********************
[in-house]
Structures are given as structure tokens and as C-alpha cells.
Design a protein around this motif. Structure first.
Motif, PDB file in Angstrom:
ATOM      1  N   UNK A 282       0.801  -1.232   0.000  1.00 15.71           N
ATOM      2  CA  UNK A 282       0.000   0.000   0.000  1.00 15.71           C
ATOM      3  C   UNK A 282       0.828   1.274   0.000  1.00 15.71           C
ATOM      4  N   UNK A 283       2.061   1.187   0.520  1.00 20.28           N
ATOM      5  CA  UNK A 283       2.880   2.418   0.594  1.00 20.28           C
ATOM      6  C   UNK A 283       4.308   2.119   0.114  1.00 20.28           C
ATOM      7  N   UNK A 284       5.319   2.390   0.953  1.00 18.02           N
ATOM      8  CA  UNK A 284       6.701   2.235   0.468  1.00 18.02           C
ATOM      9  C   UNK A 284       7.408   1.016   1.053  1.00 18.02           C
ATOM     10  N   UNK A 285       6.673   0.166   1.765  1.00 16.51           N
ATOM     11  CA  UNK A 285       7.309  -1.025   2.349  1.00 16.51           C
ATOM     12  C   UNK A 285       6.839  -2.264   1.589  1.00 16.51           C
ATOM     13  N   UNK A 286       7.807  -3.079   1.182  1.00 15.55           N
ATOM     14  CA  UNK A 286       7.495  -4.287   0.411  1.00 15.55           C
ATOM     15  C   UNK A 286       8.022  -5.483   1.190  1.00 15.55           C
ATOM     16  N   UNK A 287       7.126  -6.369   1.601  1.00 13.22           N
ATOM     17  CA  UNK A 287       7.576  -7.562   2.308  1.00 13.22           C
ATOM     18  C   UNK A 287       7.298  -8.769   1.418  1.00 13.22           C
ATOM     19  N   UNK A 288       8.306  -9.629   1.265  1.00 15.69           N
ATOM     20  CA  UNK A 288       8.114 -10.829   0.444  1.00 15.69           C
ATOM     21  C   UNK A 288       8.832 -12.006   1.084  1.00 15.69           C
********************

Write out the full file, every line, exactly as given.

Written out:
[in-house]
Structures are given as structure tokens and as C-alpha cells.
Design a protein around this motif. Structure first.
Motif, PDB file in Angstrom:
ATOM      1  N   UNK A 282       0.801  -1.232   0.000  1.00 15.71           N
ATOM      2  CA  UNK A 282       0.000   0.000   0.000  1.00 15.71           C
ATOM      3  C   UNK A 282       0.828   1.274   0.000  1.00 15.71           C
ATOM      4  N   UNK A 283       2.061   1.187   0.520  1.00 20.28           N
ATOM      5  CA  UNK A 283       2.880   2.418   0.594  1.00 20.28           C
ATOM      6  C   UNK A 283       4.308   2.119   0.114  1.00 20.28           C
ATOM      7  N   UNK A 284       5.319   2.390   0.953  1.00 18.02           N
ATOM      8  CA  UNK A 284       6.701   2.235   0.468  1.00 18.02           C
ATOM      9  C   UNK A 284       7.408   1.016   1.053  1.00 18.02           C
ATOM     10  N   UNK A 285       6.673   0.166   1.765  1.00 16.51           N
ATOM     11  CA  UNK A 285       7.309  -1.025   2.349  1.00 16.51           C
ATOM     12  C   UNK A 285       6.839  -2.264   1.589  1.00 16.51           C
ATOM     13  N   UNK A 286       7.807  -3.079   1.182  1.00 15.55           N
ATOM     14  CA  UNK A 286       7.495  -4.287   0.411  1.00 15.55           C
ATOM     15  C   UNK A 286       8.022  -5.483   1.190  1.00 15.55           C
ATOM     16  N   UNK A 287       7.126  -6.369   1.601  1.00 13.22           N
ATOM     17  CA  UNK A 287       7.576  -7.562   2.308  1.00 13.22           C
ATOM     18  C   UNK A 287       7.298  -8.769   1.418  1.00 13.22           C
ATOM     19  N   UNK A 288       8.306  -9.629   1.265  1.00 15.69           N
ATOM     20  CA  UNK A 288       8.114 -10.829   0.444  1.00 15.69           C
ATOM     21  C   UNK A 288       8.832 -12.006   1.084  1.00 15.69           C